Hazard Perception Test

potential hazards whilst driving

As many students who are starting driving lessons have not had to worry about the type of hazards that are encountered when driving, this test has been added to introduce students to the hazards.

Of course you have seen and probably had to react to hazards when crossing the road, but you only have had to react for yourself, not whilst in control of a car.

Those of you who have ridden push bikes will also have had to deal with hazards, but your speed and manoeuvrability are still very different compared with controlling a car.

The aim of the test is to:
• Make you aware of the hazards you might meet when driving
• Help you to know where to look for them
• Identify which ones are of greater importance with a need to react to (prioritising)
• Improve your reaction time

The test consists of 14 video clips. The clips have been filmed from the windscreen of a car and cover nearly all the types of environments and conditions that you may one day have to drive in. These include towns and country roads, motorways, day and night, rain, fog etc. As you view the clip you have to click the mouse for each hazard you see as soon as you see it.

Each time you click the mouse a flag appears at the bottom of the screen to show that it has registered your click. There are number of hazards on each clip, but they score you for noticing progressing hazards.

an example of a hazard perception test video clip

In the distance is a zebra crossing, you would click the mouse for the crossing as it is a potential hazard. There are two pedestrians walking along the pavement on the left approaching the crossing and you may click the mouse to show that you have seen them, but at present they are not a hazard.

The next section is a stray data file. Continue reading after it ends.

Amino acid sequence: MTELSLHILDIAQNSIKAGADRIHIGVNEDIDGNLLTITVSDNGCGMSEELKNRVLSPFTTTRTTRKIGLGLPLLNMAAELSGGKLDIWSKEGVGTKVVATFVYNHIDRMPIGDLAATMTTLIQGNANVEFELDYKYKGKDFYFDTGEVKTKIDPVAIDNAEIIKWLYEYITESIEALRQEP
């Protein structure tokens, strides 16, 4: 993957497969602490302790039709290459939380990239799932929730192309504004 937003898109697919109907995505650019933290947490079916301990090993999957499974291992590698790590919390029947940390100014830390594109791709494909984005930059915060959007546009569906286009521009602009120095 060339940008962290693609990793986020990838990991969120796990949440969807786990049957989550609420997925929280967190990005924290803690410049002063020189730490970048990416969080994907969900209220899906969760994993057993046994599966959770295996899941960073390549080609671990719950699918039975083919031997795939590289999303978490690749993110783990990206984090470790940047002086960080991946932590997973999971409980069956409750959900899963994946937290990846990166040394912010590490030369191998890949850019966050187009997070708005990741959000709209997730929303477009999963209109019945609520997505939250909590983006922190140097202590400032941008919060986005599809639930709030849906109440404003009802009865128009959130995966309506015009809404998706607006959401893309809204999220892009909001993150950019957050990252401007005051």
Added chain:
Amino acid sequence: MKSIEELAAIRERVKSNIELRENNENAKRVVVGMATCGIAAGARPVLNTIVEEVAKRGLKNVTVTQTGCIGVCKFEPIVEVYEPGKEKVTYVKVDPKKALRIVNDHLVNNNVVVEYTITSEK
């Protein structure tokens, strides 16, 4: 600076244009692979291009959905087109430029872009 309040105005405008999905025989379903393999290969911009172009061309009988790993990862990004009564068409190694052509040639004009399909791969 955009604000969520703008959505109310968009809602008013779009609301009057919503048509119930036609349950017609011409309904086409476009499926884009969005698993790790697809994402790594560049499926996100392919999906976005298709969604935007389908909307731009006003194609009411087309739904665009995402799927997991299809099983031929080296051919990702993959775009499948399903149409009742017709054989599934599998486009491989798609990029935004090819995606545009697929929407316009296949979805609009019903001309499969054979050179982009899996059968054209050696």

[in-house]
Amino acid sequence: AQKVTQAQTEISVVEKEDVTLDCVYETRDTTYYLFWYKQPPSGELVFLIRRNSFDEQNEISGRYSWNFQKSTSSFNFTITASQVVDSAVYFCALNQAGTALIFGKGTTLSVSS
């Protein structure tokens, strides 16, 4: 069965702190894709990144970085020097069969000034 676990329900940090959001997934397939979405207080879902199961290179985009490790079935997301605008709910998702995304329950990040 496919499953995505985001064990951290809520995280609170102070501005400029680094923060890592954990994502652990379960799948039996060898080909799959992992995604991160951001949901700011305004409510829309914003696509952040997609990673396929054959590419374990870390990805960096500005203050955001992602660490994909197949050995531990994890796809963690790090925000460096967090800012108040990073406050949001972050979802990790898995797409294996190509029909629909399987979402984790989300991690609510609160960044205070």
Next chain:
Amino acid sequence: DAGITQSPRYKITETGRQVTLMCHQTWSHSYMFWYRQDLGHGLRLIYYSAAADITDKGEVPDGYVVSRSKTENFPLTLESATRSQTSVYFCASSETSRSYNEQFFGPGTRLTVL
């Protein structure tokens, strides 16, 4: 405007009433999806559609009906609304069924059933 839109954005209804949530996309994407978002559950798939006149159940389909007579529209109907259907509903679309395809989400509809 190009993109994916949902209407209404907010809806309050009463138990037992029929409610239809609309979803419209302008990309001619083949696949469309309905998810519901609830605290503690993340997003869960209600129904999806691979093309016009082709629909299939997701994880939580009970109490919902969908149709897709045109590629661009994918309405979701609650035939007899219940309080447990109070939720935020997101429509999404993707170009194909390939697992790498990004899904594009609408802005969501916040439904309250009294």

One of the pedestrians turns their head and looks over their shoulder at you, this is a clear indication that they are about to go onto the crossing, this is when the scoring window would open for you to get the marks. (You do not see this scoring window)

The way this clip would probably be scored might be:
“Click” just as the pedestrian turns their head to look at you - 5 marks
“Click” just afterwards - 4 marks
“Click” as both of them turn towards the crossing - 3 marks
“Click” just before they step off the pavement - 2 marks
“Click” just as they step off - 1 mark
“Click” when on the crossing - 0 marks

If you press the mouse at the 5 marks time and then press it again at the 3 marks timing your score will remain at the highest mark you clicked on for that clip. The clip would then continue to run and you need to continue pressing the mouse for all hazards as you see them as you will not know if you have identified the one that you will be scored on.

If you just keep pressing the mouse or quickly press it repeatedly, at the end of the clip you may get a screen saying you have not scored any points for that clip due to the way you have clicked the mouse, so practice is advisable. For each of the clips there is one hazard that you need to have identified, and on one clip there are two hazards, both of which you need to try to identify.

This means there are a total of 75 marks available to you with a pass mark of 44.

how to book your hazard perception test

When you book your theory test you are also booking the hazard test. The hazard test is taken after completing the theory test, on the same day as a follow on from the theory test.

When you have booked your theory and hazard perception test, let your Alpha Driving School instructor know. Your instructor will then, if you wish to, give you a commentary lesson, based on the police method. Here you can talk through the hazards you see as you are actually driving, and react to them.

You must pass both tests to successfully pass your theory test. At the end of both tests the examiner at the test centre will let you know if you have passed and print off your pass certificate. If you have not passed, they will give you a report on the two tests taken, showing which subject areas in the theory test you failed on, and what you scored for the clips on the hazard test.